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Gradebook

Education news and notes from Tampa Bay and Florida

Florida school accountability no punishment, former State Board chair writes

15

October

imgres.jpegFlorida's education reform and accountability system looms large in this year's election cycle: many Republican leaders up to presidential nominee Mitt Romney hold it up as a model, while some parent and teacher groups vilify it as what's wrong with education today.

Phil Handy, chairman of the Florida Board of Education during the time the plan was adopted, writes in the Orlando Sentinel that, like it or hate it, Florida's efforts have "fix(ed) the mess." Granted, Handy is advising Romney and serves on former governor Jeb Bush's education foundation. But his insights are worth some consideration. 

His point, in a nutshell, is that Florida needed to bolster its educational program for children, who were falling behind dropping out. It wasn't to punish teacher unions or break public education, he insists:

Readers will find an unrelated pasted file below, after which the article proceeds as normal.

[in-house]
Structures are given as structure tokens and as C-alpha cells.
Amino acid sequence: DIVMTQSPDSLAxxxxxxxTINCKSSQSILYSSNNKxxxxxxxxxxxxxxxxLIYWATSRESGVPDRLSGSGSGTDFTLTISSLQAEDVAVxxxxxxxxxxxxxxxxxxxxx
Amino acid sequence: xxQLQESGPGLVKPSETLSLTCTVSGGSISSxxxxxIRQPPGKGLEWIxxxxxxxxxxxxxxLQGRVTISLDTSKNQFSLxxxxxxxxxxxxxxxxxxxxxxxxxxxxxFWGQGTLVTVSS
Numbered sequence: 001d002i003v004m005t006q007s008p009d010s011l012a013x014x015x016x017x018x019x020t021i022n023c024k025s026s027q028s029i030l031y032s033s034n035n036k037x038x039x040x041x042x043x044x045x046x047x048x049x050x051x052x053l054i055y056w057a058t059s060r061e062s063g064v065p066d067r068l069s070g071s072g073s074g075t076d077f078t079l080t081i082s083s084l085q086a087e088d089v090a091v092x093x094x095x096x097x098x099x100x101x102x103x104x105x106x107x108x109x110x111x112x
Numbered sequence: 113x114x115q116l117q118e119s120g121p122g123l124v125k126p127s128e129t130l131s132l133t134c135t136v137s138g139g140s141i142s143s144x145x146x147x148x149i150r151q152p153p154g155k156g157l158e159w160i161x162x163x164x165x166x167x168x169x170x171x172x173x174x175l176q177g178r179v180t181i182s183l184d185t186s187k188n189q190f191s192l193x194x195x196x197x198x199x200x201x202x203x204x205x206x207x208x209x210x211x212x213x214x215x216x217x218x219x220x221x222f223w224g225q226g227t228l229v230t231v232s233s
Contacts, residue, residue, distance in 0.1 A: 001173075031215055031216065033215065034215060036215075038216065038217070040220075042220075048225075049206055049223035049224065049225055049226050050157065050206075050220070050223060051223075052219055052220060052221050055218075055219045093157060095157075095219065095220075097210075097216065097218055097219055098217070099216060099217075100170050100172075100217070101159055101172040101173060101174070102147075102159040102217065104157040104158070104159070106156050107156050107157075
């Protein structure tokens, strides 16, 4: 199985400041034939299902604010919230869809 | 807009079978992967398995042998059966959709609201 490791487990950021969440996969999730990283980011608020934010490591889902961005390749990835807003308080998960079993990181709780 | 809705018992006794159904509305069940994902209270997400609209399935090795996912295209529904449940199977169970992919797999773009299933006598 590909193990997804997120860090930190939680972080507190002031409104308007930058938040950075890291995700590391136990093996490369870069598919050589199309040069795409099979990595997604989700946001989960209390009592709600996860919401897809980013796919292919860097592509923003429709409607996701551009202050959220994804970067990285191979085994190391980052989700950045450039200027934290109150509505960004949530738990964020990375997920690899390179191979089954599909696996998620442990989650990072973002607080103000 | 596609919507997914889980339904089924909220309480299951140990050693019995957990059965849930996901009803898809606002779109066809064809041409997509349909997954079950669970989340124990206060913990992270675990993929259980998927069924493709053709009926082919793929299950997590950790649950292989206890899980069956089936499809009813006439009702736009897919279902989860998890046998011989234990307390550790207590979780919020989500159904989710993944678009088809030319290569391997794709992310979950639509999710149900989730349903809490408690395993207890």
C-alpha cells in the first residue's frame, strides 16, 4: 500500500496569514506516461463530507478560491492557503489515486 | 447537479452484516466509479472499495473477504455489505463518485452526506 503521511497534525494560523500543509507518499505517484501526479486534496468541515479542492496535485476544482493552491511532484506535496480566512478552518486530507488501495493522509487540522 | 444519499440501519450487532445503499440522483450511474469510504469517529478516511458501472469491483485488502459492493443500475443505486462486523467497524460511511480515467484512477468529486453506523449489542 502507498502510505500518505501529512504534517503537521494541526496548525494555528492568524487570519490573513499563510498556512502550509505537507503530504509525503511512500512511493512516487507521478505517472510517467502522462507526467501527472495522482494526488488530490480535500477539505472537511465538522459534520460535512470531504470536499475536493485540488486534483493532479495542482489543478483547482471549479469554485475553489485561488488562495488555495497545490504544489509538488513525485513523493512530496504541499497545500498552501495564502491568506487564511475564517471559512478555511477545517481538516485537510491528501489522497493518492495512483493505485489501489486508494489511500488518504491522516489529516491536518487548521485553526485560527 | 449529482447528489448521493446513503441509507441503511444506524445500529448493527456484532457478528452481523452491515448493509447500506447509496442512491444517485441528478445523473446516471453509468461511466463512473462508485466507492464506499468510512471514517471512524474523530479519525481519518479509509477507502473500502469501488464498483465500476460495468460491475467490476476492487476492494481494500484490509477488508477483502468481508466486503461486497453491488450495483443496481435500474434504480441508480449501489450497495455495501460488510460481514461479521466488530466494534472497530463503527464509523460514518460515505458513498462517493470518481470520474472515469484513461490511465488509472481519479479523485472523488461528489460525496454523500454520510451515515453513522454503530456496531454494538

"We used data-driven reforms, we measured results, and we held schools accountable for doing the job they were being paid to do. We didn't care about what was in the best interests of the adults. We focused on the academic requirements of kids.

"We graded schools, not to demean them, but to force districts to improve them. We created school choice not to destroy public schools but to force them to improve through competition.

"We didn't retain illiterate third-graders to be harsh. We retained them to teach them how to read before sending them to fourth grade, a strategy that research shows is working.

"We didn't continually raise academic standards to be unfair. We raised them because the standards were not high enough."

The counter arguments are many. Although Florida has seen successes by some measures, such as students taking and passing AP exams, for instance, its students continue to fare poorly on the SAT and ACT college entry tests. We've heard complaints that teacher independence to act as professionals in deciding their students' instructional needs is vastly diminished. Insert the opposing view of your choice here.

But what of it? Does Handy make a convincing argument of his own?

[Last modified: Monday, October 15, 2012 6:16am]

    

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